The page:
CHINA / SOCIETY
China fills vaccine gap left by US, India with expanded production to reach 5b doses annually
Published: May 10, 2021 10:13 PM Updated: May 11, 2021 10:18 AM
A nurse shows a vial of the Sinopharm vaccine at the Panadura Health Office in Kalutara District, in the outskirts of capital Colombo, Sri Lanka, on May 8, 2021. Sri Lanka's Health Ministry on Saturday began administering the Sinopharm vaccine to local nationals, soon after the World Health Organization (WHO) approved it for emergency use worldwide.(Photo: Xinhua)

A nurse shows a vial of the Sinopharm vaccine at the Panadura Health Office in Kalutara District, in the outskirts of capital Colombo, Sri Lanka, on May 8, 2021. Sri Lanka's Health Ministry on Saturday began administering the Sinopharm vaccine to local nationals, soon after the World Health Organization (WHO) approved it for emergency use worldwide.(Photo: Xinhua)



The grave epidemic situation in India, the world's largest vaccine producer, the WHO's approval of Chinese vaccines for emergency use, lingering questions on whether the US can really deliver its promise to provide vaccines to the world, all these have led to a widely acknowledged situation that China could be a much more reliable global vaccine supplier, especially as domestic vaccine producers vowed to ramp up production to meet domestic immunity targets and overseas demand. 

After the WHO approved the Sinopharm vaccine for emergency use, Yang Xiaoming, chairman of Sinopharm China National Biotec Group (CNBG), said in a recent interview with Chinese media outlets that the Chinese vaccine manufacturer has been ramping up efforts to expand production capacity in the third-phase of production to 3 billion doses per year. 

With accelerating inoculation pace in China, which has reached 10 million doses per day, the country has administered over 300 million doses domestically, and Yang believes the immune barrier of 1 billion people can be achieved by around the end of 2021 or the start of next year.

Another major vaccine producer in China, Sinovac, is aiming to reach an annual capacity of 2 billion, according to media reports. 

Vaccines are believed to be the best way to overcome COVID-19, with which cross-border travel is expected to resume gradually and normal life restored. Some media outlets called it "the biggest vaccination campaign in history is underway," and according to Bloomberg's vaccine tracker, China has surpassed the US in the daily rate of doses administered and topped the list by about 6.7 million doses administered every day, though the average inoculation rate remained lower at 11.3 percent.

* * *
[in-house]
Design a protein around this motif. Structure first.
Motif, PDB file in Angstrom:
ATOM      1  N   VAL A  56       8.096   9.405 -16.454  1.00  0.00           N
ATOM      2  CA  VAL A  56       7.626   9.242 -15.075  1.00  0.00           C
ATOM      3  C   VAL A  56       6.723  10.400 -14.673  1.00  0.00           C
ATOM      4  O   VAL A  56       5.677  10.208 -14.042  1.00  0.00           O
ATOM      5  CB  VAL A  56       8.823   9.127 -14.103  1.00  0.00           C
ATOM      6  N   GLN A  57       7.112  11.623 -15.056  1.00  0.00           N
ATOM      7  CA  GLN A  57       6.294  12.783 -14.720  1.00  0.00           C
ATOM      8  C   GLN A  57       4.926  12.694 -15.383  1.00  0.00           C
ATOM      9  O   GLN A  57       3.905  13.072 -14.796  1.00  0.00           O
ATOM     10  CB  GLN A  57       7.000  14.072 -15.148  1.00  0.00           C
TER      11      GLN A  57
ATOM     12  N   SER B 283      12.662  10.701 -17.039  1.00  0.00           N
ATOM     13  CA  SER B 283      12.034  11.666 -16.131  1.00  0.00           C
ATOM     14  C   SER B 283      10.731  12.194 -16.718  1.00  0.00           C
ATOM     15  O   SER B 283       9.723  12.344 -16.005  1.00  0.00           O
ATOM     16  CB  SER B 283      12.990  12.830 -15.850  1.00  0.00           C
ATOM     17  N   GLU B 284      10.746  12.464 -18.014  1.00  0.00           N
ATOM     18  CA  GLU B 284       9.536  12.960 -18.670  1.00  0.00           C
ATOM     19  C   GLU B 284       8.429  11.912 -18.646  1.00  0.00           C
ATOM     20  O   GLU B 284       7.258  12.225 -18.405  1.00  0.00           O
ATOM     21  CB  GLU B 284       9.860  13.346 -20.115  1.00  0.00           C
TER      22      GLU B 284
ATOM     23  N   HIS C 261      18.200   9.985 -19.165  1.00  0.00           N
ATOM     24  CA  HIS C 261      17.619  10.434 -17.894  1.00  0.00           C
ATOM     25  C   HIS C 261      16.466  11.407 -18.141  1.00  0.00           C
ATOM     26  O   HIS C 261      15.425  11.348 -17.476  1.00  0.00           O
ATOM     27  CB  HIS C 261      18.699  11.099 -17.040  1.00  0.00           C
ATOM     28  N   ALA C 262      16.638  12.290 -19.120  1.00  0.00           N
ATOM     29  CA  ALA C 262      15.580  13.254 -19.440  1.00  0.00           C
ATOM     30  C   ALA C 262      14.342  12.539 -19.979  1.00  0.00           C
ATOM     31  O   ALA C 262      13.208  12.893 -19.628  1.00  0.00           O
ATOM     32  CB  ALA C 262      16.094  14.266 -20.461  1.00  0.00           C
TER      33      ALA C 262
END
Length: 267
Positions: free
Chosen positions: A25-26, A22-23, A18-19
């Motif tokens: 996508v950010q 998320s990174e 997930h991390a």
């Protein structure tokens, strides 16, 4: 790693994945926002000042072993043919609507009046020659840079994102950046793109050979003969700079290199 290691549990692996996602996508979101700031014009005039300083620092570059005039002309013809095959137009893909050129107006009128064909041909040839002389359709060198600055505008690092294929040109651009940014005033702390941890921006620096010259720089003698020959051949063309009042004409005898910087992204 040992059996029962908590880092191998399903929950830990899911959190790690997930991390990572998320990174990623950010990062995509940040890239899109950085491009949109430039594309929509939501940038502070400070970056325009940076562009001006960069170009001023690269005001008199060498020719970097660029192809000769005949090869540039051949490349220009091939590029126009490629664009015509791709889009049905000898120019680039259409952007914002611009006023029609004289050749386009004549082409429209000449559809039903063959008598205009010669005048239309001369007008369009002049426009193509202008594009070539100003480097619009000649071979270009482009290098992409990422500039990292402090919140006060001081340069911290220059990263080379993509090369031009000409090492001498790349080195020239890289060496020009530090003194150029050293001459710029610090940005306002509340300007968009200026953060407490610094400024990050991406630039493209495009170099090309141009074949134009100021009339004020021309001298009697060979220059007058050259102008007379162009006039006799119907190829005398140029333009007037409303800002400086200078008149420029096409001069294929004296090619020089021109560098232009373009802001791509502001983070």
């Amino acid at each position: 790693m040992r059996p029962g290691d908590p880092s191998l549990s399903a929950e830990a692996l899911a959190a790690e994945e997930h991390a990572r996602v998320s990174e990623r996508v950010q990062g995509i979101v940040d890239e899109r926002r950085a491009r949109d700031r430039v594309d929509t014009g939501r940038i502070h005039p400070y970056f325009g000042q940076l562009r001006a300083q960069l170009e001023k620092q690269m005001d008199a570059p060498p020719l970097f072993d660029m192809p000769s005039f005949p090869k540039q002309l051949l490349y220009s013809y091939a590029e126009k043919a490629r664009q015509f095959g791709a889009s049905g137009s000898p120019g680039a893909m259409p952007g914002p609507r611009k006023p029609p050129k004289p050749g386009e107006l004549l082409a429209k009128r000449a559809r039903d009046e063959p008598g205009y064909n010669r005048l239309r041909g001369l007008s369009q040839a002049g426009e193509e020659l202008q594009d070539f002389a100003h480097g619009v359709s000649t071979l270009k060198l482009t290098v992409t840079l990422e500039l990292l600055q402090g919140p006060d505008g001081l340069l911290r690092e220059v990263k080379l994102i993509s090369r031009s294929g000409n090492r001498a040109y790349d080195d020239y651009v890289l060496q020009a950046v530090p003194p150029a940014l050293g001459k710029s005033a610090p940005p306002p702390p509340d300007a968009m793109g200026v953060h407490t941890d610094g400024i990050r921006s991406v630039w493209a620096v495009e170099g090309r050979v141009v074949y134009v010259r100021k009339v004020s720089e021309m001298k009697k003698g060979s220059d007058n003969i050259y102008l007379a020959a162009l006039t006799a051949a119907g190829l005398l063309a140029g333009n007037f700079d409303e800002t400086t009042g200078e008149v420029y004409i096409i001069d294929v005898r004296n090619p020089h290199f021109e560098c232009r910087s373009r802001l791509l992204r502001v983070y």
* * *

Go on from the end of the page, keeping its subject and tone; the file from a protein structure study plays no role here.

Chinese-made vaccines are expected to play a bigger role in supplying other countries, especially as the world's largest vaccine producer India faces a shortfall. After the Biden administration announced its support to waiving intellectual property rules on vaccines, t conflicting views emerged among industry representatives who said such a move may damage US competitive advantage. Questions are thus raised as to whether the US could really play a more active role in global vaccine supply, according to media reports. 

'America First' or vaccine nationalism? COVID-19 vaccine production and exports. Graphic: GT

'America First' or vaccine nationalism? COVID-19 vaccine production and exports. Graphic: GT



China has exported half of its produced vaccines, while the US and the UK have exported very few doses, roughly 1 to 3 percent of the total doses, respectively, according to a graphic of the Global Times. The EU and India have exported less than half of the overall vaccines made locally, the graphic showed. 

Role of Chinese vaccines 

Earlier media reports said China had exported 240 million doses of vaccines, making it the world's top exporter, and the number is expected to grow as Chinese manufacturers transferred their production lines and technologies to more developing countries, actively working with the UN-backed COVAX initiative in making the vaccines "global public goods" with the aim of ensuring vaccine distribution equity. 

China will continue working with the international community in pushing forward fair access to vaccines in developing countries, Chinese Foreign Ministry spokesperson Hua Chunying told a press conference on Monday, in response to the WHO approval of the Sinopharm vaccine for emergency use. 

China has already announced to provide 10 million doses of vaccines for COVAX for emergency use in developing countries, and China puts its words into action, Hua said, adding that the country is currently keeping close communication with the WHO on the matter.